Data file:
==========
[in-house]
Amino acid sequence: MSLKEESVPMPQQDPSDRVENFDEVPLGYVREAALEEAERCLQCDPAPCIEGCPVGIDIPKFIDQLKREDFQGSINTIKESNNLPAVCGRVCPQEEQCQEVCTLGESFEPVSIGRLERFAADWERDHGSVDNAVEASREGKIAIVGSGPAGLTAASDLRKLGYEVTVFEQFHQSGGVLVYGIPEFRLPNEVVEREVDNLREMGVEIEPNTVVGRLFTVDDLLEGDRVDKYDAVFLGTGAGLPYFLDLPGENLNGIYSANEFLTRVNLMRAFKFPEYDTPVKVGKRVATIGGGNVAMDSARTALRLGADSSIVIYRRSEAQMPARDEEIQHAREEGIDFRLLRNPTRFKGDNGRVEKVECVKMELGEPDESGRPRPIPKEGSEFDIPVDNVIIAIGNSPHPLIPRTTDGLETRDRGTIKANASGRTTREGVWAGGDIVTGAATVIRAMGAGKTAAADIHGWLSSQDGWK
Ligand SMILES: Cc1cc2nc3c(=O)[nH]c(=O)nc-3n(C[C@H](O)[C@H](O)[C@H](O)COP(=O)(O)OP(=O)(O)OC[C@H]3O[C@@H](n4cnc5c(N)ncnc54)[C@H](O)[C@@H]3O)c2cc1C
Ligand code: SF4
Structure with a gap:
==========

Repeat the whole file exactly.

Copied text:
[in-house]
Amino acid sequence: MSLKEESVPMPQQDPSDRVENFDEVPLGYVREAALEEAERCLQCDPAPCIEGCPVGIDIPKFIDQLKREDFQGSINTIKESNNLPAVCGRVCPQEEQCQEVCTLGESFEPVSIGRLERFAADWERDHGSVDNAVEASREGKIAIVGSGPAGLTAASDLRKLGYEVTVFEQFHQSGGVLVYGIPEFRLPNEVVEREVDNLREMGVEIEPNTVVGRLFTVDDLLEGDRVDKYDAVFLGTGAGLPYFLDLPGENLNGIYSANEFLTRVNLMRAFKFPEYDTPVKVGKRVATIGGGNVAMDSARTALRLGADSSIVIYRRSEAQMPARDEEIQHAREEGIDFRLLRNPTRFKGDNGRVEKVECVKMELGEPDESGRPRPIPKEGSEFDIPVDNVIIAIGNSPHPLIPRTTDGLETRDRGTIKANASGRTTREGVWAGGDIVTGAATVIRAMGAGKTAAADIHGWLSSQDGWK
Ligand SMILES: Cc1cc2nc3c(=O)[nH]c(=O)nc-3n(C[C@H](O)[C@H](O)[C@H](O)COP(=O)(O)OP(=O)(O)OC[C@H]3O[C@@H](n4cnc5c(N)ncnc54)[C@H](O)[C@@H]3O)c2cc1C
Ligand code: SF4
Structure with a gap: